As you read our new blog series, Pop Culture Espresso Shots, expect a lot of spoilers. I mean, it’s hard to talk about pop culture artifacts in any meaningful way without talking about the plot.
But LOST went off the air in 2010. I think we’re reached the spoiler statue of limitations (it's a thing).
So yes, there is a smoke monster.
Yes, they were all dead at the end.
No, they were not dead the whole time.
And yes, the Island was real.
The end of the series received a lot of mixed reviews. Some hated the ending, while others, like myself, loved it. And in the end, I realize that LOST was actually an extremely valuable show that taught me three important lessons:
1. Mystery Matters
One of the most popular mantras amongst jilted LOST fans is, “We deserved answers!”
To this I respond, “No. You didn’t.”
That’s the whole mystery jam.
Besides, what super great answer were you expecting?
Did that bird really say Hurley’s name? Why was the Dharma Initiative doing experiments on polar bears in the first place? Why did Jacob’s brother turn to smoke just because he went down a waterfall?
I don’t know, and honestly, I don’t care. The point is, we are all actually probably a lot happier not having an answer to these things.
Don’t agree? I have one word for you.
When George Lucas decided to include a pseudo-scientific grounding for the Force, he helped destroy the Star Wars prequels by sucking the mystery right out of them. He reduced the depth and beauty of the Force to something simplistic and bland.
When the Force became something we could define and understand, it ceased to be interesting.
Some things are simply better when shrouded in mystery because, paradoxically, that shroud helps reveal something. That some things – things like human beings and love and art – can’t be reduced to simplistic explanations; to even try would miss the point entirely.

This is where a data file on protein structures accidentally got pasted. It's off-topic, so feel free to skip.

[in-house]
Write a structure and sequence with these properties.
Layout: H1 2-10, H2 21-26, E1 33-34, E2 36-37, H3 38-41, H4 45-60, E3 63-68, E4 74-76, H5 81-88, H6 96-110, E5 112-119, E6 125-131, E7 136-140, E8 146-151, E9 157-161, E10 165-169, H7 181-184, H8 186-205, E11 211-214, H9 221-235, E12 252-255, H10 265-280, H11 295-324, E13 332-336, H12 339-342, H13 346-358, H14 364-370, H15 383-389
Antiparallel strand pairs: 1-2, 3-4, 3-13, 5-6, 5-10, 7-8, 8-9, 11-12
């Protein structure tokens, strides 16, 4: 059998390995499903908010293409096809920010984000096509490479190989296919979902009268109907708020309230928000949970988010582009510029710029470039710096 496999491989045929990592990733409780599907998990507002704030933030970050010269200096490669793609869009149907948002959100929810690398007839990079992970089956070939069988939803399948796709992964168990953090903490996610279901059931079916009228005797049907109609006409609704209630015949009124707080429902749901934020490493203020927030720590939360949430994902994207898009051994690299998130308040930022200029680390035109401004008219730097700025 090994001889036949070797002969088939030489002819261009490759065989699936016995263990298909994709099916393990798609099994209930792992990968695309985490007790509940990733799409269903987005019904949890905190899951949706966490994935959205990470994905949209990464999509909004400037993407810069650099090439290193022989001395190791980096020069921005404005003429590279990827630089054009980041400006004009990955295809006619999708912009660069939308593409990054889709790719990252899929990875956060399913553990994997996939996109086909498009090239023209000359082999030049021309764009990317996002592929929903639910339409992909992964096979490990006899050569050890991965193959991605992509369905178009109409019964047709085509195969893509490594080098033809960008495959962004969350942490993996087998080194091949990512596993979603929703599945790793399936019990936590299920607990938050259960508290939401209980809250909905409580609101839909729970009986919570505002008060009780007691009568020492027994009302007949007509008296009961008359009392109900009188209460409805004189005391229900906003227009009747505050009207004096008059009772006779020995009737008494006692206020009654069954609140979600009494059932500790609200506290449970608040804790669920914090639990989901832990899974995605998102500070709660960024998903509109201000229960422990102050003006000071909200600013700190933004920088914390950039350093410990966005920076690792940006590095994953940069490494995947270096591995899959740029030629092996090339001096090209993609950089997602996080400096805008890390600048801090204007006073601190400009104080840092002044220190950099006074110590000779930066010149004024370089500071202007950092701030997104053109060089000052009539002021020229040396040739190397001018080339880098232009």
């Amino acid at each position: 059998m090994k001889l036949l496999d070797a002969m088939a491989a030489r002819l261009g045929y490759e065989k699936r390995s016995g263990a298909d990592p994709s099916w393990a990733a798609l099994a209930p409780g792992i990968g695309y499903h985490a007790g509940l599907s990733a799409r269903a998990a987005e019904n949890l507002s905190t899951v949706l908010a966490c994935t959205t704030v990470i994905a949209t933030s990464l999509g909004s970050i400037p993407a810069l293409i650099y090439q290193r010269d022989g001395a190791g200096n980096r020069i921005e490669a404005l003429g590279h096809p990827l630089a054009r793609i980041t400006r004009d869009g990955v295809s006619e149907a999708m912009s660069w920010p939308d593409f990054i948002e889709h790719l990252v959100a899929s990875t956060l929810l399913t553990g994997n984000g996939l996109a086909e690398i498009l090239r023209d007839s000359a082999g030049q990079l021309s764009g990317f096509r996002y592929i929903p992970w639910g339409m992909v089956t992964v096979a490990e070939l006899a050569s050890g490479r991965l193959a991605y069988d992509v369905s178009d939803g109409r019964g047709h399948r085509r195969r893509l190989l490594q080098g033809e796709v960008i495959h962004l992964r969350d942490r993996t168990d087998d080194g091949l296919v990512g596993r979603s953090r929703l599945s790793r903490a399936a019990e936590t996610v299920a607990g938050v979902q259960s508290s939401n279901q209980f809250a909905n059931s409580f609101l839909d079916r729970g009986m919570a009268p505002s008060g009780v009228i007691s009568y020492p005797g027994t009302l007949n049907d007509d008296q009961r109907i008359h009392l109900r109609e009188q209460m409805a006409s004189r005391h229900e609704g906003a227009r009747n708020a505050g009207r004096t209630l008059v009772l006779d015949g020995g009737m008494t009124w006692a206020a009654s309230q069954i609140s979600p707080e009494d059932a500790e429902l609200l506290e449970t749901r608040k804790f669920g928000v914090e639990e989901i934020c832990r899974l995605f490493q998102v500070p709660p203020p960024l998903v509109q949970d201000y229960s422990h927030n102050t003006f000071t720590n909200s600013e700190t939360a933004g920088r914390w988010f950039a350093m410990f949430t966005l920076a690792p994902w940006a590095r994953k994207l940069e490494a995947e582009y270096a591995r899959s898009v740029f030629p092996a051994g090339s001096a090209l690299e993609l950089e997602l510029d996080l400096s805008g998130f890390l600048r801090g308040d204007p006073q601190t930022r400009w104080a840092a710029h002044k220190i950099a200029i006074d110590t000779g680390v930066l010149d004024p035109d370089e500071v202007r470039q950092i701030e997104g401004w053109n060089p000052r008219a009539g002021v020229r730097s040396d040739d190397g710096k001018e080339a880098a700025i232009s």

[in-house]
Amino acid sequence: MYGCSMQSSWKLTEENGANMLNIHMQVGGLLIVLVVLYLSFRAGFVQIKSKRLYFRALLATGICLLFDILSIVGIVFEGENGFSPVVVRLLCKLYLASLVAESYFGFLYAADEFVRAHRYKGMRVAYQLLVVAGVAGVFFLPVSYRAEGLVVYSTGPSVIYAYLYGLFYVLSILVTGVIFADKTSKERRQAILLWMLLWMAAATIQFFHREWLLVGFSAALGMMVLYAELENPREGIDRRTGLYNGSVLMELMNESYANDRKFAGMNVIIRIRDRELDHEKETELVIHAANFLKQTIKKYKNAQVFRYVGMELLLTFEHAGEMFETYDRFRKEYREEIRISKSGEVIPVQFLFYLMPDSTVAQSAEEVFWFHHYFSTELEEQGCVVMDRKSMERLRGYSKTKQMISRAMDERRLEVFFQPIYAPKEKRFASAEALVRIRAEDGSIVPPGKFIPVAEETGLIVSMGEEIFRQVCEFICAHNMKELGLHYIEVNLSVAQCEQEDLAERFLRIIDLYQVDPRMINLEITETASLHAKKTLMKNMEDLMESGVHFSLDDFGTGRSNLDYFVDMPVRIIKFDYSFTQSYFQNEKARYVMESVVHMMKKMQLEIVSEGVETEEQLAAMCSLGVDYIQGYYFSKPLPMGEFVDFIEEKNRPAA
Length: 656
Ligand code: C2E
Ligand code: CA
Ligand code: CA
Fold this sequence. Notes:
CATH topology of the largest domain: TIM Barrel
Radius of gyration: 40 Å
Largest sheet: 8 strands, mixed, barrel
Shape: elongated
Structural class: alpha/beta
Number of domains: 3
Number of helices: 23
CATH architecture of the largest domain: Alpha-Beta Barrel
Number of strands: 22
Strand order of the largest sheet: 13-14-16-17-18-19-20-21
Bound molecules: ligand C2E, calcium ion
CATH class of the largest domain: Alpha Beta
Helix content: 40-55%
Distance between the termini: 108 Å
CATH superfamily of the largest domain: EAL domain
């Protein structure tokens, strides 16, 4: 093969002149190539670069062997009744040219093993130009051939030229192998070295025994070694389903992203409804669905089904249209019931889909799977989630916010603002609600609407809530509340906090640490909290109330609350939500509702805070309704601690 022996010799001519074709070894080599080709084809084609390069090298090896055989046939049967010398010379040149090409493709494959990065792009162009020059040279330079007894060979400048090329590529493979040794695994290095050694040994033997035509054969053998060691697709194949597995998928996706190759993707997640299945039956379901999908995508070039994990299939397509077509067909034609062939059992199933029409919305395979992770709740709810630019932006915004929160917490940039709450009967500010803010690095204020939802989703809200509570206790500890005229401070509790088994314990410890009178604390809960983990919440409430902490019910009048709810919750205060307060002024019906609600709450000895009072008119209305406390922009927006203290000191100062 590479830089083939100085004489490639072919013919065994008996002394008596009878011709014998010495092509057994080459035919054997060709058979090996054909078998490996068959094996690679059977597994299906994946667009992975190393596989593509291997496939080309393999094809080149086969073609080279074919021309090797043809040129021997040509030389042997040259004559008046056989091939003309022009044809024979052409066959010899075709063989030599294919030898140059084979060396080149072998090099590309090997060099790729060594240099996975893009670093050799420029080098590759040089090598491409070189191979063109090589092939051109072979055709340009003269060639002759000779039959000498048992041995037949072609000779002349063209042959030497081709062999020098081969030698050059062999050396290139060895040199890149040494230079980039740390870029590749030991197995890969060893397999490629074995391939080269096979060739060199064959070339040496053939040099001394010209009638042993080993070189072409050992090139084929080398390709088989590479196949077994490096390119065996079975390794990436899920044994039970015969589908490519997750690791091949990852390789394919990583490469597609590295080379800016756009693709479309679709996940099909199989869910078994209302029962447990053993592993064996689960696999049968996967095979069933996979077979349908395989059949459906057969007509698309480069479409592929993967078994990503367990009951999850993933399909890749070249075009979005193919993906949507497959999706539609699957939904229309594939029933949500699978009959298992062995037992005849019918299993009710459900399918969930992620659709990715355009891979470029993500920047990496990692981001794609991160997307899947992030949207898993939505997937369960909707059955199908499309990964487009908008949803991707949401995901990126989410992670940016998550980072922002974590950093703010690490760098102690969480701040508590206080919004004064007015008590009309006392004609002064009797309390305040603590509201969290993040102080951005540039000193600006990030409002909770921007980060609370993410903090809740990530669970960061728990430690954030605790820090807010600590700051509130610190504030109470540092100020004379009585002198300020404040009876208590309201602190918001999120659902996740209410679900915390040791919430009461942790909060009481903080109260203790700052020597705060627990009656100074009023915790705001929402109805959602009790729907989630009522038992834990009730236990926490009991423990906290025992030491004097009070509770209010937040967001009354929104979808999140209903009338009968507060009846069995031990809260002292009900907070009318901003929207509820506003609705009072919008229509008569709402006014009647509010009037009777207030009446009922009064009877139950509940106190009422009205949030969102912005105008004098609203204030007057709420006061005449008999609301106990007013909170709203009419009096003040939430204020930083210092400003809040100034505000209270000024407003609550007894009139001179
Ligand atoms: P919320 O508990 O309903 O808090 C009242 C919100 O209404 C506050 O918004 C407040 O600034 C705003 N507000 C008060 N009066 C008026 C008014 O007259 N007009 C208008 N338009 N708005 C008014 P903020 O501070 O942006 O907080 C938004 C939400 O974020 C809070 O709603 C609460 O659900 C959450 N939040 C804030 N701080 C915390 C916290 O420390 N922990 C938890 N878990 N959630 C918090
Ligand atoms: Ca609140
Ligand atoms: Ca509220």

The same goes for God, to an even greater extent.
If we can’t accept that some things in a fictional (that is to say, PRETEND) world just are what they are (i.e., a smoke monster), even if we can’t fully understand, then how can we possibly ever come to accept the reality of God existing in the real world?
Shows like LOST present us with valuable opportunity to practice the humility needed to embrace the mysterious. It’s fine to have questions. But the joy of being human in this world means sometimes having to live with questions that have no clear answers.
Embrace the mystery, folks. The alternative’s pretty boring.
2. It’s All About People
If you were too busy grumbling at the unanswered questions of LOST, then you missed out on the real point of the show: the people.
In the end, the show really has nothing to do with the smoke monster, the polar bears, or anything else on the Island. If the Island were the important thing, then there would be no need for flashbacks.
This is also why each episode in season one begins with a close-up of a character’s eye. We are being brought into their story, to see the world from their perspective.
We get glimpses into the characters’ lives because LOST is about them.
While the mystery of the Island and the larger cosmic questions surrounding LOST are interesting (and sometimes crazy), to miss out on the characters is to miss out on the whole purpose of the show.